A shift to the right of the aggregate demand curve

A shift to the right of the aggregate demand curve - goods...

Info iconThis preview shows page 1. Sign up to view the full content.

View Full Document Right Arrow Icon
A shift to the  right  of the aggregate demand curve. from AD 1  to AD 2 , means that at the  same price levels the quantity demanded of real GDP has  increased . A shift to the  left  of  the aggregate demand curve, from AD 1  to AD 3 , means that at the same price levels the  quantity demanded of real GDP has  decreased Changes in aggregate demand are not caused by changes in the price level. Instead,  they are caused by changes in the demand for any of the components of real GDP,  changes in the demand for consumption goods and services, changes in investment  spending, changes in the government's demand for goods and services, or changes in  the demand for net exports. Consider several examples. Suppose consumers were to decrease their spending on all 
Background image of page 1
This is the end of the preview. Sign up to access the rest of the document.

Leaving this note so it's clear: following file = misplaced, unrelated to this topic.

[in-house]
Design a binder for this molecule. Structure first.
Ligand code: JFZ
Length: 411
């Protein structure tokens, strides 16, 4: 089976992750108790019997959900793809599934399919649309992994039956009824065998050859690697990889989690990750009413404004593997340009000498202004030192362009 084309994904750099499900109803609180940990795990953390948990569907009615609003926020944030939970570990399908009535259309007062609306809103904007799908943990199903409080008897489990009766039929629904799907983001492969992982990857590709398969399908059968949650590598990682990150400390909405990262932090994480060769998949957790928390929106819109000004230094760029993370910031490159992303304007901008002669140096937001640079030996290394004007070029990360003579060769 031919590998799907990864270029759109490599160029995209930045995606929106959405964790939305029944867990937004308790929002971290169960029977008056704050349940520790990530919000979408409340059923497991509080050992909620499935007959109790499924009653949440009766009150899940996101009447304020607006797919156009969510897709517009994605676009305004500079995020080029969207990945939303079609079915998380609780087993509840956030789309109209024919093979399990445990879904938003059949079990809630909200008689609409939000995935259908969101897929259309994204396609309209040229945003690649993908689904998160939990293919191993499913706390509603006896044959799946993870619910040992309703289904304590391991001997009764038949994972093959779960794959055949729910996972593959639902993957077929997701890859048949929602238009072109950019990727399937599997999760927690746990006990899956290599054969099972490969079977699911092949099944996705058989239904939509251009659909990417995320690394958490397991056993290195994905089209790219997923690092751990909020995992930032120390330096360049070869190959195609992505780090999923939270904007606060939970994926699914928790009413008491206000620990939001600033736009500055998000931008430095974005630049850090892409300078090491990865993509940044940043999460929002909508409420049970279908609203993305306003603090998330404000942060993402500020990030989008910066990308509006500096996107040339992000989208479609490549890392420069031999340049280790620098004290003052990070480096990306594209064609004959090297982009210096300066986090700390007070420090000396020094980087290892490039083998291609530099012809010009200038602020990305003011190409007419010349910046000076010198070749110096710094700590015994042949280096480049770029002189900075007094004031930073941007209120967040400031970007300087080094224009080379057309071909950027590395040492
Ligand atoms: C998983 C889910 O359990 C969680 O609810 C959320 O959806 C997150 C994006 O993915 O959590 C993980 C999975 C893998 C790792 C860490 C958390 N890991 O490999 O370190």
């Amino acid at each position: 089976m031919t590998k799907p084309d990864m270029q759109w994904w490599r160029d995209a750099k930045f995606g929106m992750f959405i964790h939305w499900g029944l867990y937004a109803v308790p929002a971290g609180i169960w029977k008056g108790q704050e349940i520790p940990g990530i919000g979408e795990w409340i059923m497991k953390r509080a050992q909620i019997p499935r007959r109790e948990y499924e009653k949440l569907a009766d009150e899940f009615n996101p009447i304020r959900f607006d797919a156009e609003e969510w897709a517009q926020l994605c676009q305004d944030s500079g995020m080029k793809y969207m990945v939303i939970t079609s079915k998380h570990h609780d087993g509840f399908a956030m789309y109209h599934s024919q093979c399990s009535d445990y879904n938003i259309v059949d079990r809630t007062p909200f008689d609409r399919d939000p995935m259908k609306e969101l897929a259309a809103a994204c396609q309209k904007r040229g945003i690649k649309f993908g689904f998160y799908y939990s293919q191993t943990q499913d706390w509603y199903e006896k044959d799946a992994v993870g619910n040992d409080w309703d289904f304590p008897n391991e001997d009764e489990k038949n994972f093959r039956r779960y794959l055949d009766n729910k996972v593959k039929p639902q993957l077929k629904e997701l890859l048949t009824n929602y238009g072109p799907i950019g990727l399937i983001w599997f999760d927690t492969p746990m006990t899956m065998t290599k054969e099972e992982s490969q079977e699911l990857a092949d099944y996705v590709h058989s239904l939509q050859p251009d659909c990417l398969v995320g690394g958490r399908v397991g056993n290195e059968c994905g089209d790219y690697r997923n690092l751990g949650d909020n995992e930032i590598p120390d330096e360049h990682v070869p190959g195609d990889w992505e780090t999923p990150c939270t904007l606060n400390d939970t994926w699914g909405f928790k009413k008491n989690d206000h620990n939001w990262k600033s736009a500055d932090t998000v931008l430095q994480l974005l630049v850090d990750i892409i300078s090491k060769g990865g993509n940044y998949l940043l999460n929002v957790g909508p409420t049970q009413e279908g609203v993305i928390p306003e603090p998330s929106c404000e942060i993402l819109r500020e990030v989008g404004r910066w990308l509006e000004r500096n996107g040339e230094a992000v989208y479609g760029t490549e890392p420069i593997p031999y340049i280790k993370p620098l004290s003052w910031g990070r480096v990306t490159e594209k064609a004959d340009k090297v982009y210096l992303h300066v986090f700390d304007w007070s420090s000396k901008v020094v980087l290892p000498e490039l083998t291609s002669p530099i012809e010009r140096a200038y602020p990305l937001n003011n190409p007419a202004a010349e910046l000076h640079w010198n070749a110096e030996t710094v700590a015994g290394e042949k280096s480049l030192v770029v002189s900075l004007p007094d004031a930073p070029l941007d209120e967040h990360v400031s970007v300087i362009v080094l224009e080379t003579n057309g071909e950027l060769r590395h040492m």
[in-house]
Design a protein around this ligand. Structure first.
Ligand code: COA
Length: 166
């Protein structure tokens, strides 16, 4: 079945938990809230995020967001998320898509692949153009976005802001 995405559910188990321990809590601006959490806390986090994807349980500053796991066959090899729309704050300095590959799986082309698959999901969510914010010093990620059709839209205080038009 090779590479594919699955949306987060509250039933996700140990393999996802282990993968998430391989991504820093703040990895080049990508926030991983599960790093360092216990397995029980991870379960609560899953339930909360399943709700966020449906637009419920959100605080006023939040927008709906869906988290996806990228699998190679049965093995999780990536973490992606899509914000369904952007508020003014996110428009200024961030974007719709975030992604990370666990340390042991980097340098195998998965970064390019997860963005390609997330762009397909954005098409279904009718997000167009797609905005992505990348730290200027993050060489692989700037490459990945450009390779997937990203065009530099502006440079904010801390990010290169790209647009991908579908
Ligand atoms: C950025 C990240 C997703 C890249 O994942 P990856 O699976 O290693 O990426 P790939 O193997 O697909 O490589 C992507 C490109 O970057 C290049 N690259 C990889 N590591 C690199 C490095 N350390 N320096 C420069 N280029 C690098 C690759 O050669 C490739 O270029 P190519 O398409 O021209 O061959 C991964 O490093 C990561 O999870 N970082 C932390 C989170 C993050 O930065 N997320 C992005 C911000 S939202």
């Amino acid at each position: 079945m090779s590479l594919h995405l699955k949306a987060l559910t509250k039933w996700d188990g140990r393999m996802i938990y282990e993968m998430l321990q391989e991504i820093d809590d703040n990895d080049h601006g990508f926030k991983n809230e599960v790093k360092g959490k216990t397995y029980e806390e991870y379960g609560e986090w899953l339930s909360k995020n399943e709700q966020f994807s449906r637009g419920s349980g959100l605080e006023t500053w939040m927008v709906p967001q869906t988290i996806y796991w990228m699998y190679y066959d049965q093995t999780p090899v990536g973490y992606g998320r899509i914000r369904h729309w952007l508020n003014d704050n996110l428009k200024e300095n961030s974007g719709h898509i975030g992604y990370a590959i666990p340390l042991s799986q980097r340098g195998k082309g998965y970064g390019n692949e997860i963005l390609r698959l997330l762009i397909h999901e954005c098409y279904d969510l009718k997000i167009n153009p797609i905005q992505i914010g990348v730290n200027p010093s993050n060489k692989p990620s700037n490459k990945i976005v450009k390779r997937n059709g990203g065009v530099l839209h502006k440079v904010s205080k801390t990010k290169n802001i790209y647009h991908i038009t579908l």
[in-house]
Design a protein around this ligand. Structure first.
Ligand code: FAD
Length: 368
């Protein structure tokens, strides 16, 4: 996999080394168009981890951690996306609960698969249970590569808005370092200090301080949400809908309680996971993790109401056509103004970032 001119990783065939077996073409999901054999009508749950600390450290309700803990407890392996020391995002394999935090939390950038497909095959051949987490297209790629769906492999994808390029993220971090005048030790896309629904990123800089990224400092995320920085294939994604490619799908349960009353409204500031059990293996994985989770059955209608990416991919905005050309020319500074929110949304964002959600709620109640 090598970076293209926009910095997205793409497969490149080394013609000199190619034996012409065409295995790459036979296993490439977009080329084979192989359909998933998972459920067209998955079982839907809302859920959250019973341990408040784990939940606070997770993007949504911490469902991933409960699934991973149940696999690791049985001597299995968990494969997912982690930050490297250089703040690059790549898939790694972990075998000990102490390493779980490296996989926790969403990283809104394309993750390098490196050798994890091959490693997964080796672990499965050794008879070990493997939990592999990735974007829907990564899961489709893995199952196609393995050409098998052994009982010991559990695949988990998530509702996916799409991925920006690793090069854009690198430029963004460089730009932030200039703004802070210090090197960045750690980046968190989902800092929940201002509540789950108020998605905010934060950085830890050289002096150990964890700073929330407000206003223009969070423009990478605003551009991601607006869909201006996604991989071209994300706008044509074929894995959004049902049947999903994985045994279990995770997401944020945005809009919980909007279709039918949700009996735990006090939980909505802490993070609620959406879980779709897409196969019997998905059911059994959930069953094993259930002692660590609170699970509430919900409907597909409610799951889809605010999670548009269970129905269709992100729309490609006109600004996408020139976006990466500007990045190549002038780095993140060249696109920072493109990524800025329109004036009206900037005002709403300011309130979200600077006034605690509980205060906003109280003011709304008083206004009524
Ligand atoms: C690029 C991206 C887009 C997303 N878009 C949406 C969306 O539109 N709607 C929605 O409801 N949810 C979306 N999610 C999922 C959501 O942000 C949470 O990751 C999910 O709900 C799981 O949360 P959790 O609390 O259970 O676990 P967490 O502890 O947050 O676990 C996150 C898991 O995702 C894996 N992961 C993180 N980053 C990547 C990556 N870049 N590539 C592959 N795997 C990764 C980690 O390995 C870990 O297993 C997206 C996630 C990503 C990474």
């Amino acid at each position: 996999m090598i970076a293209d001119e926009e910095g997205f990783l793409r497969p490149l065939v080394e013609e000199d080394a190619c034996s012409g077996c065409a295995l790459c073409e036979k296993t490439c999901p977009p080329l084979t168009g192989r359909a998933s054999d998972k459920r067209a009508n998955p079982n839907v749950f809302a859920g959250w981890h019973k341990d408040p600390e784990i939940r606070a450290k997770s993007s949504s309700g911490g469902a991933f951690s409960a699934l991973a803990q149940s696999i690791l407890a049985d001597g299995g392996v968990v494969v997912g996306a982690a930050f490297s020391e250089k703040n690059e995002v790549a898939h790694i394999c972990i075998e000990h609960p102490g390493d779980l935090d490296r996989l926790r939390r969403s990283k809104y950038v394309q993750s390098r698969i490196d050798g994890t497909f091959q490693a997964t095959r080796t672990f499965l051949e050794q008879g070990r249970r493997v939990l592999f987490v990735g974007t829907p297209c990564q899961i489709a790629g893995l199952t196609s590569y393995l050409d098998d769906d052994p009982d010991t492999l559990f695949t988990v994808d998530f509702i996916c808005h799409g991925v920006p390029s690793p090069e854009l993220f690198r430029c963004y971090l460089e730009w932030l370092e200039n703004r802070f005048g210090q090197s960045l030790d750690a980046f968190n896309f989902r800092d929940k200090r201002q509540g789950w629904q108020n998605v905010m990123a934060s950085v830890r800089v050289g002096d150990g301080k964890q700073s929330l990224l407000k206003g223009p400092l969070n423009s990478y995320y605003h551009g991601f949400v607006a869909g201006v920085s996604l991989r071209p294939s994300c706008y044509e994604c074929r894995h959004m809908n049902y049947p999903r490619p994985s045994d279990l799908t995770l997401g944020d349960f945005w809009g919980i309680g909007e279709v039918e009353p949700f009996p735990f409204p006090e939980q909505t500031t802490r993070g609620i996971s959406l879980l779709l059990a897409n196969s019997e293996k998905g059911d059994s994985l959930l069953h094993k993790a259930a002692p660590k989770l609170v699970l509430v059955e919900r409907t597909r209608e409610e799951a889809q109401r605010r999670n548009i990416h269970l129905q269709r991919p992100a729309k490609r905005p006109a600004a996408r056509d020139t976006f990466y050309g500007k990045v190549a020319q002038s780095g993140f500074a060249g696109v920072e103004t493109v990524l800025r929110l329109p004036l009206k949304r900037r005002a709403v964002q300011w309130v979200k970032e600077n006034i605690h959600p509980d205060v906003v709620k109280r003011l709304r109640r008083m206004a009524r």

Unformatted text preview: goods and services, perhaps as a result of a recession. Then, the aggregate demand curve would shift to the left. Suppose interest rates were to fall so that investors increased their investment spending; the aggregate demand curve would shift to the right. If government were to cut spending to reduce a budget deficit, the aggregate demand curve would shift to the left. If the incomes of foreigners were to rise, enabling them to demand more domestic-made goods, net exports would increase, and aggregate demand would shift to the right. These are just a few of the many possible ways the aggregate demand curve may shift. None of these explanations, however, has anything to do with changes in the price level....
View Full Document

This note was uploaded on 11/18/2011 for the course ECO 1310 taught by Professor Staff during the Fall '10 term at Texas State.

Ask a homework question - tutors are online